Thermal springs and a picturesque natural setting are the reason this site, known by the Romans, has maintained a high profile throughout history. The rise of Bad Ems to a prosperous spa town can be seen in individual, well preserved buildings from the late 17th century, the time when the spa industry experienced a substantial boom. The most notable buildings from this period are the Kurhaus, the two grand guest houses Mainzer Haus and Zu den vier Türmen, as well as the Kapelle Maria Königin. The town is dominated by a number of buildings dating back to the 19th century when Bad Ems was one of the most significant spas in Germany. In Römerstraße, running parallel to the right bank, a number of buildings have survived from the times of the Duchy of Nassau, including the prominent Kursaalgebäude and Kurmittelhaus.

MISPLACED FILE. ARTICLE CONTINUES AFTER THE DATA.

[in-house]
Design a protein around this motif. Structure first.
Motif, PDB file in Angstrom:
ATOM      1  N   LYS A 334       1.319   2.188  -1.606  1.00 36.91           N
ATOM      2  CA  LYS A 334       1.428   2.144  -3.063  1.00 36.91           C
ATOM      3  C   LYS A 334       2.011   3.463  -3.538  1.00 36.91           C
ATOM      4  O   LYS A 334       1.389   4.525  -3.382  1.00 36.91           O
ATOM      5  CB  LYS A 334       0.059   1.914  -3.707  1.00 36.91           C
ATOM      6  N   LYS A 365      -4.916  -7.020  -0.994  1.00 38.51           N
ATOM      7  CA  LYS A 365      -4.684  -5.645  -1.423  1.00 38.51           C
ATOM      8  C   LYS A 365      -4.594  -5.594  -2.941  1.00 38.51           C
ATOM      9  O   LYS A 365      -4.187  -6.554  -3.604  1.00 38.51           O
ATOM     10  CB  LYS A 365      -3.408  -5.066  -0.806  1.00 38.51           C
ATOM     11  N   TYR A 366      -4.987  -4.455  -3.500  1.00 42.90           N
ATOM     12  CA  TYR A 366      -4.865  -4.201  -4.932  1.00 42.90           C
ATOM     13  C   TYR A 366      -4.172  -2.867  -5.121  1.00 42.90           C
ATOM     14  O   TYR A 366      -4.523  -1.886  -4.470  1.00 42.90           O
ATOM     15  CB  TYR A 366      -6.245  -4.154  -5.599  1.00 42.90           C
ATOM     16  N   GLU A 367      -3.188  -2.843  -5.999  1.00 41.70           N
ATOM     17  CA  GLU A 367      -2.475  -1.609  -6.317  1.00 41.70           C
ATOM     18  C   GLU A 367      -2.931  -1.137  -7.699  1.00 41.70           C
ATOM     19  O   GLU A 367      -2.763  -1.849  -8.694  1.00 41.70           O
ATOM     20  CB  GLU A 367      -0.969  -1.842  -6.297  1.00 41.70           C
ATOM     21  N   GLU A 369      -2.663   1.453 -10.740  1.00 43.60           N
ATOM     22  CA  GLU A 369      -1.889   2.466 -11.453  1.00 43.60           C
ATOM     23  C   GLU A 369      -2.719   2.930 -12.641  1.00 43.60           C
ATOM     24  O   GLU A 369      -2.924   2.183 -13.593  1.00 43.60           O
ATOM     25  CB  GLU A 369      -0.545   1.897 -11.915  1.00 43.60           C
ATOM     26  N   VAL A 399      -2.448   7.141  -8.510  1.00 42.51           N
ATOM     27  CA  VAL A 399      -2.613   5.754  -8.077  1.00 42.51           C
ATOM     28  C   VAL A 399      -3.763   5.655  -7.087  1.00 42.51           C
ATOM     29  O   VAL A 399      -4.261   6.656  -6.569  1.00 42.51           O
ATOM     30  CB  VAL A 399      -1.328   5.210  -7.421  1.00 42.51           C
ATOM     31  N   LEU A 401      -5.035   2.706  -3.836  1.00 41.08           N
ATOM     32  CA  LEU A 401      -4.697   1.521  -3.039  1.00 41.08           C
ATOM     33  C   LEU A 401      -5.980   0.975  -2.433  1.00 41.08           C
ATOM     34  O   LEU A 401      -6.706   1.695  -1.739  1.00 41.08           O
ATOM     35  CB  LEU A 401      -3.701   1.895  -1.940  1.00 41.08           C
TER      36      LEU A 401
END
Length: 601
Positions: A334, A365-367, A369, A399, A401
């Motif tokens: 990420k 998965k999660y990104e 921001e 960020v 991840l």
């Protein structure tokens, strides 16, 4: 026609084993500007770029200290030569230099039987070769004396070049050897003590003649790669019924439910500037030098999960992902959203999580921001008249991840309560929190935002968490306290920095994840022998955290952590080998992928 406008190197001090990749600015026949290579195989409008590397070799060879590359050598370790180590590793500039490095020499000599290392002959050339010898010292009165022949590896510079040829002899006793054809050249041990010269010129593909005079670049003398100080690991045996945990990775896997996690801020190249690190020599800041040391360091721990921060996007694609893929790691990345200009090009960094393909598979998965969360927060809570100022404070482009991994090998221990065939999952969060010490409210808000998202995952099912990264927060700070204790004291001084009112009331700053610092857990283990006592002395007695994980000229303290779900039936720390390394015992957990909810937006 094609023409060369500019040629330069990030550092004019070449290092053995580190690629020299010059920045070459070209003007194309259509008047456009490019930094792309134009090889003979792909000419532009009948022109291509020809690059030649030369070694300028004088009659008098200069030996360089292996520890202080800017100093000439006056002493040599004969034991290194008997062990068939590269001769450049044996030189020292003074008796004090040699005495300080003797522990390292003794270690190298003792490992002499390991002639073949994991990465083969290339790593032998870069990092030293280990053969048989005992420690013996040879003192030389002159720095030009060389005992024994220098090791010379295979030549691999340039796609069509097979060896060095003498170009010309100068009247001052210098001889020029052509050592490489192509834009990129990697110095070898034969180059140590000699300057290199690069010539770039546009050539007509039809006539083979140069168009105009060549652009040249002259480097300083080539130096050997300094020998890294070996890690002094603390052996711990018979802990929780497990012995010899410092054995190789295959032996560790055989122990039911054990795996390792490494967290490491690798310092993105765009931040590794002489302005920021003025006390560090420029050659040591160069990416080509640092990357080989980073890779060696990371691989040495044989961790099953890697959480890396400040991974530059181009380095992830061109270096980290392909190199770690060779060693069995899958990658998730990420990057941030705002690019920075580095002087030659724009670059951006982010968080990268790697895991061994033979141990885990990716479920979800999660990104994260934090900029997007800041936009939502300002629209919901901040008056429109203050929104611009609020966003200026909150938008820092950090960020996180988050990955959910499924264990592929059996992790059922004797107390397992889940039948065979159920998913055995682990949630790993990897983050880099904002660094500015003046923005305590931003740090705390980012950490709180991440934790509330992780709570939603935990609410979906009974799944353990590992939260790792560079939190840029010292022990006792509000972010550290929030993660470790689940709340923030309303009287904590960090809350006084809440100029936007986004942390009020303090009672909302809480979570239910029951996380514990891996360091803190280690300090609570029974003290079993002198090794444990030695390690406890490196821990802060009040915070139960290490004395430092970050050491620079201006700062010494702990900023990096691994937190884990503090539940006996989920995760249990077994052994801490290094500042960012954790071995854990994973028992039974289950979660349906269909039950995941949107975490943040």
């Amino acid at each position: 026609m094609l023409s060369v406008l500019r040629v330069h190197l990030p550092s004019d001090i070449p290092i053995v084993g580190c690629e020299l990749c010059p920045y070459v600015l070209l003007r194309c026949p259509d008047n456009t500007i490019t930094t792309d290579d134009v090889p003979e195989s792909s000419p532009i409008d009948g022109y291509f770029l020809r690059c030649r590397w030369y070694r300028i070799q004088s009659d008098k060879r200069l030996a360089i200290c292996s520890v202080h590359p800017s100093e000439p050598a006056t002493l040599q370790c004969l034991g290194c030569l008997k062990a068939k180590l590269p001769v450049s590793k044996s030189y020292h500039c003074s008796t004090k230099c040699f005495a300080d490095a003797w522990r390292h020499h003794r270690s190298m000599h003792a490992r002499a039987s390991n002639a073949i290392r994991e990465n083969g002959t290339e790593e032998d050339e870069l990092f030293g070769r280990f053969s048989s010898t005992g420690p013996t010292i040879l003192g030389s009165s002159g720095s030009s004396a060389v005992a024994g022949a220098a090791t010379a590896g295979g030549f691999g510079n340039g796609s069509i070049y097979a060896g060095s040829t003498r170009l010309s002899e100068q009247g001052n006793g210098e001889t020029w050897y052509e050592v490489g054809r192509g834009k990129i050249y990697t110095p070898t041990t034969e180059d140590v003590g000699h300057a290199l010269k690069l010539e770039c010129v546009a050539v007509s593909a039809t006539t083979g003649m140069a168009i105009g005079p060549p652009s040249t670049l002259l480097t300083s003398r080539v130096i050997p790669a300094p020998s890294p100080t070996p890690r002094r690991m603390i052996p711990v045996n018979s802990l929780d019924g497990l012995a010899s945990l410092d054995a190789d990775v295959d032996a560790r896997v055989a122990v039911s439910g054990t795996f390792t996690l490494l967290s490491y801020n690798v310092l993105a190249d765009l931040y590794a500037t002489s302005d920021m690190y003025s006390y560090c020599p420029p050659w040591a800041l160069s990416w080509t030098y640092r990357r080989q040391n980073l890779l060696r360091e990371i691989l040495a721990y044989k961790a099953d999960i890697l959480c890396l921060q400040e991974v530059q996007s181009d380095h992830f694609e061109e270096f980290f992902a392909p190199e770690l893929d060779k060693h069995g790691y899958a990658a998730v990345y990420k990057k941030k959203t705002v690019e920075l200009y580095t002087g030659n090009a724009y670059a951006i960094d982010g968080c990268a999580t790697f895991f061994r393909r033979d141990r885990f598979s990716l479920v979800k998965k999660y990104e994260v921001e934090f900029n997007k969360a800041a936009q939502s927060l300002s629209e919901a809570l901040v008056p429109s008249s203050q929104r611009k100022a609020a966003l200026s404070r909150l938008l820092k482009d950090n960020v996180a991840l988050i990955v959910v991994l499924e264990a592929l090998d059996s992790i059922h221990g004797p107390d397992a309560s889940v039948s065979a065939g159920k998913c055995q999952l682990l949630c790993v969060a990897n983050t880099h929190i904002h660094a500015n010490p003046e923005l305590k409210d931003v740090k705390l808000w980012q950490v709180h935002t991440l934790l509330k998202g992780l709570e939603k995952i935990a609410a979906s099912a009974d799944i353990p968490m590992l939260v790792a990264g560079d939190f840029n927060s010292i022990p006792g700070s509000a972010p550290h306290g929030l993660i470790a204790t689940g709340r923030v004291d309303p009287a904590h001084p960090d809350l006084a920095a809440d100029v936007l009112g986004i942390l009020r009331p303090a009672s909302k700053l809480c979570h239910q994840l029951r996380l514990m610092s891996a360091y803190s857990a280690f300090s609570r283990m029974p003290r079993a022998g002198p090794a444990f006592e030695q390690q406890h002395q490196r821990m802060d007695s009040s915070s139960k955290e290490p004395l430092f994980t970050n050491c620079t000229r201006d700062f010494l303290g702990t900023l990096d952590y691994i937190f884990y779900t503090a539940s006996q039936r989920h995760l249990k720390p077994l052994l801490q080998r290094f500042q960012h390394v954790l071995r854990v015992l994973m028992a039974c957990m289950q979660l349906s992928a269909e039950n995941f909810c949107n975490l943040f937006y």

The present-day townscape of Bad Ems is characterized by the grand villas located in Wilhelmsallee and the promenade on the left bank of the river such as Schloss Balmoral and Villa Monrepos. The structures that have survived to this day include not only the actual spa buildings, but also other facilities that had been of great importance to the spa industry. The Malbergbahn funicular, for example, a typical 19th century facility for leisure and recreation.
Through the centuries, this romantic site, embedded in a harmonic bend of the river Lahn, seduced scores of artists, regularly hosted kings and tsars, and was the backdrop to the famous Emser Depesche (Ems Dispatch), which sparked the Franco-Prussian War in 1870.https://www.bad-ems.info